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60% Design and Planting Plan
Based on feedback received from the community during a field walk on Sept. 10 and at the direction of City staff, Bayland Consultants and Designers, Inc., has prepared the 60% design plans for facility improvements.  The 60% design plan reflects the community’s desire to strike a balance between maximizing the stormwater treatment capacity at the facility while also enhancing and retaining aesthetically pleasing wildlife habitat.

Please join us at 6:30pm on Wednesday, December 7 at Elwood Smith Community Center at 601 Harrington Road to discuss the 60 percent design, provide input, and ask questions about the project.


60% Design Exhibit


Hungerford-Stoneridge 60 percent design exhibit
Hungerford-Stoneridge 60% Design Exhibit

The 60% design increases the depth of the existing pools from four feet to six to seven feet and creates an additional discrete cell within the existing low marsh area for a total of three pools.  These pools are connected by a 3’ deep meandering channel.  This channel enhances the treatment effects of the facility by lengthening the path of the water that flows through it. It is an improvement over the original channel which was designed to be 6” to 12” deep.  The existing shallow channel has silted in resulting in the bypass of flows through the low marsh area. These changes have yielded an increase of treatment capacity of the facility by 34% over the original design and are being completed within the existing footprint of the facility.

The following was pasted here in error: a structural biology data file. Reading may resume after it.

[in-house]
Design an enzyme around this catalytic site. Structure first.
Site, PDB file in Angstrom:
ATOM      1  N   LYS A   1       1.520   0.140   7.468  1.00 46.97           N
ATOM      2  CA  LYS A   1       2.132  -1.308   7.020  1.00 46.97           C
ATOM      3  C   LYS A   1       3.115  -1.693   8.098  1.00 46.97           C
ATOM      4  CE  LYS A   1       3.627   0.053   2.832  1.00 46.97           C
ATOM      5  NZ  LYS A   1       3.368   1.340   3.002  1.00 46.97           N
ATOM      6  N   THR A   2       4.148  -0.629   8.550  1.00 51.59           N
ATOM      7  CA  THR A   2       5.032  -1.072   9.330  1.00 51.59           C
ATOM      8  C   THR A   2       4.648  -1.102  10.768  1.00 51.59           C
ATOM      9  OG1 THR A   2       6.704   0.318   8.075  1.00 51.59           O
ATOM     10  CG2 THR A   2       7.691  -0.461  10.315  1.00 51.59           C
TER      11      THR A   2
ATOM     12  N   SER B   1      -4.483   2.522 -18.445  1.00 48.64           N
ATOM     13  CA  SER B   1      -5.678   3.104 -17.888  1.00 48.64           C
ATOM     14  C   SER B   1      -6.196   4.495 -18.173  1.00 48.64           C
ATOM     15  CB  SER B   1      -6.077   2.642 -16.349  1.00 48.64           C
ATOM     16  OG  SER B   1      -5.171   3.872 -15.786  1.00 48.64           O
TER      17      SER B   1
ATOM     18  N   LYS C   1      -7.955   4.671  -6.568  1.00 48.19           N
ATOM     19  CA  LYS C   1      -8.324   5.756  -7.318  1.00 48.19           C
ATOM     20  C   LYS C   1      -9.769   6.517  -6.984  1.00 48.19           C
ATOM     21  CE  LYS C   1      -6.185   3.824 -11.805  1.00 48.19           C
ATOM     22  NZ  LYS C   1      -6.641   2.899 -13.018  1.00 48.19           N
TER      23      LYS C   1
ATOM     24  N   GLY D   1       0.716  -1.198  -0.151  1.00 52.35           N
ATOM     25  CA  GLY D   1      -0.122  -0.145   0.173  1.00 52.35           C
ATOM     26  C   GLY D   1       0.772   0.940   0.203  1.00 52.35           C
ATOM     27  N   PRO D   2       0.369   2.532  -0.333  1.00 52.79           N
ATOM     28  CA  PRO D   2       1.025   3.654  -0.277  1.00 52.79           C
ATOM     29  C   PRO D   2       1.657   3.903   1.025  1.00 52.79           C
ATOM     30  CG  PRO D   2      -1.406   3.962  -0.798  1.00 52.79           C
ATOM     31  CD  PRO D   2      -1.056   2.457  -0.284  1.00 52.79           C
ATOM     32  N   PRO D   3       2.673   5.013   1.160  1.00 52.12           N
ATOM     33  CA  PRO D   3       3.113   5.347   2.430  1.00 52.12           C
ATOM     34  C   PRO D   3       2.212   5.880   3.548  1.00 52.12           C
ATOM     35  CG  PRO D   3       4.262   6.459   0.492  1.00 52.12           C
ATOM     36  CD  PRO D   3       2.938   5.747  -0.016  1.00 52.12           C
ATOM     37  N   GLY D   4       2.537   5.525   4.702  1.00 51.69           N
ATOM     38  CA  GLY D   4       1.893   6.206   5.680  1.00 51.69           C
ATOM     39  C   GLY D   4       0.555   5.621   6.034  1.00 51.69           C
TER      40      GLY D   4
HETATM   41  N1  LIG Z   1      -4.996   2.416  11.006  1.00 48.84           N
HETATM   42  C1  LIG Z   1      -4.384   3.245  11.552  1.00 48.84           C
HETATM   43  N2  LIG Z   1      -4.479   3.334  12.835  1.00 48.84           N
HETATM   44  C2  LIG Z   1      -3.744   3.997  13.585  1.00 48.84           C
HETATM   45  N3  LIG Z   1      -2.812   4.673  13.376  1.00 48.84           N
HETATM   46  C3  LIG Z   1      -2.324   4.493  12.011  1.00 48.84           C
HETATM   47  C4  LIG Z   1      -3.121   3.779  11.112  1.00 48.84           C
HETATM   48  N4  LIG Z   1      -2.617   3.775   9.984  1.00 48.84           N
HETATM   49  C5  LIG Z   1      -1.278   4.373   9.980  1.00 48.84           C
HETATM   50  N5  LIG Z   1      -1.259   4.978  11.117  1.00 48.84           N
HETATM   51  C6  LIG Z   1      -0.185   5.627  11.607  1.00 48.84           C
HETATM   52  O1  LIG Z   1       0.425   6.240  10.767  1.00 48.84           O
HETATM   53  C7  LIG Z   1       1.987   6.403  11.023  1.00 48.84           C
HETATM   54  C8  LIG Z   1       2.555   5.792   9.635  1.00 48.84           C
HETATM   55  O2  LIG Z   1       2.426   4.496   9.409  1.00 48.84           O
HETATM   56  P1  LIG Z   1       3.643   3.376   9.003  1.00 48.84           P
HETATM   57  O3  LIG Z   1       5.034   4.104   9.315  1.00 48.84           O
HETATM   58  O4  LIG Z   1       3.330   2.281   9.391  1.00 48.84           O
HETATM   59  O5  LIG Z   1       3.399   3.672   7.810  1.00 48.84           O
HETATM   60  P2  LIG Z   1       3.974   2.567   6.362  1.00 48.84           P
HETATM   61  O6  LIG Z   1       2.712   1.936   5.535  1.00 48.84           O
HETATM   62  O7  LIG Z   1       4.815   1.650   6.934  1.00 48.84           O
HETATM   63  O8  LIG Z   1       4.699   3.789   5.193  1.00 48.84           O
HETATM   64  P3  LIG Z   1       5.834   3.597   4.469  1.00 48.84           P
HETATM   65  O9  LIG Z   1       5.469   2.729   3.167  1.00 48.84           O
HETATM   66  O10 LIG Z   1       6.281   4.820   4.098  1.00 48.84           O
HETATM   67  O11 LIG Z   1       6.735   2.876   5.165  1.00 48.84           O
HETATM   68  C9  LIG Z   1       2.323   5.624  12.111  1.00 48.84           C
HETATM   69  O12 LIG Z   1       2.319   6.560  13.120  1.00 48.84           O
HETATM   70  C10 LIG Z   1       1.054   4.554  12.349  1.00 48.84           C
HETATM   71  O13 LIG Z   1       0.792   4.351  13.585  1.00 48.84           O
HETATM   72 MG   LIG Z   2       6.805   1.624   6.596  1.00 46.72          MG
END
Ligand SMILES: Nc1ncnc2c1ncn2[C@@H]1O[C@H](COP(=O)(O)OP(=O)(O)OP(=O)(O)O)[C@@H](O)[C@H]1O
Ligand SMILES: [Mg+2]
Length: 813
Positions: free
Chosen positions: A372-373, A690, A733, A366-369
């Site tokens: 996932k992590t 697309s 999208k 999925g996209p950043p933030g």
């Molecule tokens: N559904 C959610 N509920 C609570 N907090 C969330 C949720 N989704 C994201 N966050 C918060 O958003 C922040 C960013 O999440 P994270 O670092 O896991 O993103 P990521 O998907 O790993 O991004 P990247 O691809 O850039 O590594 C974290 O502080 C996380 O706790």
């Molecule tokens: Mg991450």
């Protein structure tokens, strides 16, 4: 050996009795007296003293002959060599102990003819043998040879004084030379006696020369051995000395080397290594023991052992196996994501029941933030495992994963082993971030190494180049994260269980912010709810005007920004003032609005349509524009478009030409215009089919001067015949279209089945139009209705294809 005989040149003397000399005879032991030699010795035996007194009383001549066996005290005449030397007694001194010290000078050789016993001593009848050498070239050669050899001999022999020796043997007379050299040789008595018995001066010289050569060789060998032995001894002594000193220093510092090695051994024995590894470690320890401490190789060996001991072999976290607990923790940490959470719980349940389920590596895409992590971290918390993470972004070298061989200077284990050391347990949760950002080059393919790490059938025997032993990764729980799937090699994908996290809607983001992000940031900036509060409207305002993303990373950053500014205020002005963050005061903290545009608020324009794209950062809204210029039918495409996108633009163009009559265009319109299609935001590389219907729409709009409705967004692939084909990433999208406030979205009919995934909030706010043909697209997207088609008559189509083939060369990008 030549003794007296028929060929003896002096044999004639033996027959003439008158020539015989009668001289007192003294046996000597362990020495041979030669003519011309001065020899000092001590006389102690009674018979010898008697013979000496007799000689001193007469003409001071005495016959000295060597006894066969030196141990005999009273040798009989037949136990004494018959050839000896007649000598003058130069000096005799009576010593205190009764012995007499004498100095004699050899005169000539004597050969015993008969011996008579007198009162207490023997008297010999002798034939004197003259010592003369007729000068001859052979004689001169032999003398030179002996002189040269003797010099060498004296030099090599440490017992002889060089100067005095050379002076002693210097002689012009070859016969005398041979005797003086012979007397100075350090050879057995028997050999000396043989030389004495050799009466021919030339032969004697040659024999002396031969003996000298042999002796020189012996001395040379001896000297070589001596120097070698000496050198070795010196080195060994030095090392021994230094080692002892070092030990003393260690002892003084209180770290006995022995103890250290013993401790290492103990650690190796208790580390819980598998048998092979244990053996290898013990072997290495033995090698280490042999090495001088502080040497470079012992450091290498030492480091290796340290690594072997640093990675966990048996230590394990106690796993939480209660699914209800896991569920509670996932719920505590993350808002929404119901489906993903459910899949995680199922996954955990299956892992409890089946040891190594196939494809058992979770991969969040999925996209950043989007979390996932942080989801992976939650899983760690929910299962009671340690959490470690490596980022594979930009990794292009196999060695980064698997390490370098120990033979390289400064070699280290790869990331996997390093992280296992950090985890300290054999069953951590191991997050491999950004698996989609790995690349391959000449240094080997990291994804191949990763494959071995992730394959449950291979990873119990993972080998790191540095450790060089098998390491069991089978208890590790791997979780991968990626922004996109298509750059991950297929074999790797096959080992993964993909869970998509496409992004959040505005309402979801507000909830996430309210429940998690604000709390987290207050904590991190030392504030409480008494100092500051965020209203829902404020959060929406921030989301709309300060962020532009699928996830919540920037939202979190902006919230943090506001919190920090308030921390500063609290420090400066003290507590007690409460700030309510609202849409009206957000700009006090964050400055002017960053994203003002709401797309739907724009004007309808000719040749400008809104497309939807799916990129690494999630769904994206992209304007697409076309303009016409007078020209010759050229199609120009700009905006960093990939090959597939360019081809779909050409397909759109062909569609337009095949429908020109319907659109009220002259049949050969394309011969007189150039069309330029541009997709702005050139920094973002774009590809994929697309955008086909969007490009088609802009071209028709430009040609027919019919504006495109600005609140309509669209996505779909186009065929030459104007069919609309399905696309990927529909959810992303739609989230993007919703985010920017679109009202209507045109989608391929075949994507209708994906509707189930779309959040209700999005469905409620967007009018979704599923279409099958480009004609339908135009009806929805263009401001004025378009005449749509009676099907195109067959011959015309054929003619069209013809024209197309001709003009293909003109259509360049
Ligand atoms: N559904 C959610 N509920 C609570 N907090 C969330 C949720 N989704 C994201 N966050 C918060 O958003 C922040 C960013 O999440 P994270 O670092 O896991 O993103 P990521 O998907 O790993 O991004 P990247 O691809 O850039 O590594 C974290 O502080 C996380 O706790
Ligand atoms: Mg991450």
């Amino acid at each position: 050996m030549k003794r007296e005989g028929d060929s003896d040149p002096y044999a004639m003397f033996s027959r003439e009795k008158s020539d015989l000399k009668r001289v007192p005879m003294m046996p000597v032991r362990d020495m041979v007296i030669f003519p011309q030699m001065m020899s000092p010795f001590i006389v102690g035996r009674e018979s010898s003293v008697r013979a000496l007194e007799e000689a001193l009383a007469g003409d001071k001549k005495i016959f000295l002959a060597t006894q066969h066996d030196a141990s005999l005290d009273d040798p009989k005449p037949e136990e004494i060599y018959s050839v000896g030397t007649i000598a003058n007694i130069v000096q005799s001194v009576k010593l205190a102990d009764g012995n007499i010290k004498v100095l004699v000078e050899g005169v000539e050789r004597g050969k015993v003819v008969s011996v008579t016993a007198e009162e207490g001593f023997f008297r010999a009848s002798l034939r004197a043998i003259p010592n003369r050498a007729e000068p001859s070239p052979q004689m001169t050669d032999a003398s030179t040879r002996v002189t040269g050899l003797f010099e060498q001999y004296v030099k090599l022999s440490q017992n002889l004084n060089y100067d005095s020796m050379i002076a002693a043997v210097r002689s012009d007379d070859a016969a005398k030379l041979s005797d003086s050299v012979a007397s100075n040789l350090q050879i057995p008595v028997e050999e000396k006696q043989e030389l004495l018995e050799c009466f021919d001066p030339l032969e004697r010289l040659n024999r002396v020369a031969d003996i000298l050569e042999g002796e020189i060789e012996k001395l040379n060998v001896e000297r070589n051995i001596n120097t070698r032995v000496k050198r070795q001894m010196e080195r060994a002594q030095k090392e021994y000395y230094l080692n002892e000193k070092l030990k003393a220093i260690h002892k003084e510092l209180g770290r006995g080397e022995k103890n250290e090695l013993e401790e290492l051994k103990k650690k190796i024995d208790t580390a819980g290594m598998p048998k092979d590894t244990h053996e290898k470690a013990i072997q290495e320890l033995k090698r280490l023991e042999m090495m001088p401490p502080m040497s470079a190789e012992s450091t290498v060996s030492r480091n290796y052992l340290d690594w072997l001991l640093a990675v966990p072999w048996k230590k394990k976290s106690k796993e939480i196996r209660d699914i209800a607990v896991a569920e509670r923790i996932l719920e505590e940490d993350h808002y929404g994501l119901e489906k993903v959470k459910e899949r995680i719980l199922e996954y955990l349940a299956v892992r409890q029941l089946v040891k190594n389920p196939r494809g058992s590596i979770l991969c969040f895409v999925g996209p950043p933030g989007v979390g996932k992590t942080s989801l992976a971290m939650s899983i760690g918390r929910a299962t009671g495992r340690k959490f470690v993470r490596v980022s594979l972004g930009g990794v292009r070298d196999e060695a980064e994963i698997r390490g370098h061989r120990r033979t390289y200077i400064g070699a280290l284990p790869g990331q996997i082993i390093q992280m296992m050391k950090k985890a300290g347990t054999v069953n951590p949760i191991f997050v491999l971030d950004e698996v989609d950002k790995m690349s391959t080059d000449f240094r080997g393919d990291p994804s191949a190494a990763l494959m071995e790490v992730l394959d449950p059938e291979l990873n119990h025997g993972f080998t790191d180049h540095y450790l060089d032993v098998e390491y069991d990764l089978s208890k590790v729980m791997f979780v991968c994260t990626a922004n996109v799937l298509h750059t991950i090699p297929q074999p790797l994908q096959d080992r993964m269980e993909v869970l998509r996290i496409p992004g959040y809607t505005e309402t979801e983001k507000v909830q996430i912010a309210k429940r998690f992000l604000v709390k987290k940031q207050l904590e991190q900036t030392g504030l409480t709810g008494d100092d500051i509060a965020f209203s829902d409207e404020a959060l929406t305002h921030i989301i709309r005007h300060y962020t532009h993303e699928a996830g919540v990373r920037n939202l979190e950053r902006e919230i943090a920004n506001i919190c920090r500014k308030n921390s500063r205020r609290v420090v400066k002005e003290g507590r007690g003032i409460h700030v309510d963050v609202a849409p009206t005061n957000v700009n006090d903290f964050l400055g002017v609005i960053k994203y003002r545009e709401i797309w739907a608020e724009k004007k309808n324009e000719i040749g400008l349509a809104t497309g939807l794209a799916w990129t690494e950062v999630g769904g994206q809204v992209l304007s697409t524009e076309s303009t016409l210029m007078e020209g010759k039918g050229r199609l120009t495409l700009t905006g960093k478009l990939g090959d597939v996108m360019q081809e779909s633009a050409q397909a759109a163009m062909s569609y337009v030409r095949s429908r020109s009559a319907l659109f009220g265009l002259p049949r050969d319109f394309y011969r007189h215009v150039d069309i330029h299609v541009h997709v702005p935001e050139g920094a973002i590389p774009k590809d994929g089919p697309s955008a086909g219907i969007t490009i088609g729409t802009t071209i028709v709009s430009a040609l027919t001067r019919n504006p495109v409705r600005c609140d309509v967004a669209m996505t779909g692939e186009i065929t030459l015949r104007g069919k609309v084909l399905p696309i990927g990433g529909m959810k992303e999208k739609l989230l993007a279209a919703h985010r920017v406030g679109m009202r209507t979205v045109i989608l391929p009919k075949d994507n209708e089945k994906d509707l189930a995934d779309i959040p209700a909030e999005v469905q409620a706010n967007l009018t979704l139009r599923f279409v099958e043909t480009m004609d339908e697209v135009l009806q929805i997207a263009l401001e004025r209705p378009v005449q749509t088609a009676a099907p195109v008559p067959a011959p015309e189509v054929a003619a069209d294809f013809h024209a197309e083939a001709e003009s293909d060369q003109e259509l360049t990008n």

Planting Plan

Hungerford-Stoneridge 60 percent design planting plan
Hungerford-Stoneridge Planting Plan

Wildlife habitat has been enhanced through the inclusion of an extensive amount of high and low marsh wetland planting areas in the preliminary planting plan.  This plan features the planting of over 6,000 individual wetland plants of 19 native varieties, 72 shrubs of 6 native varieties, and 29 trees of 7 native varieties. While the there is a reduction of 40% of the total marsh area in the facility, the amount of wetted perimeter frequent by shore birds such as the blue heron has been increased by 50%.  The net effect of the significant increase of plant varieties and diversification of habitat types will be a boon for the ecology of the park.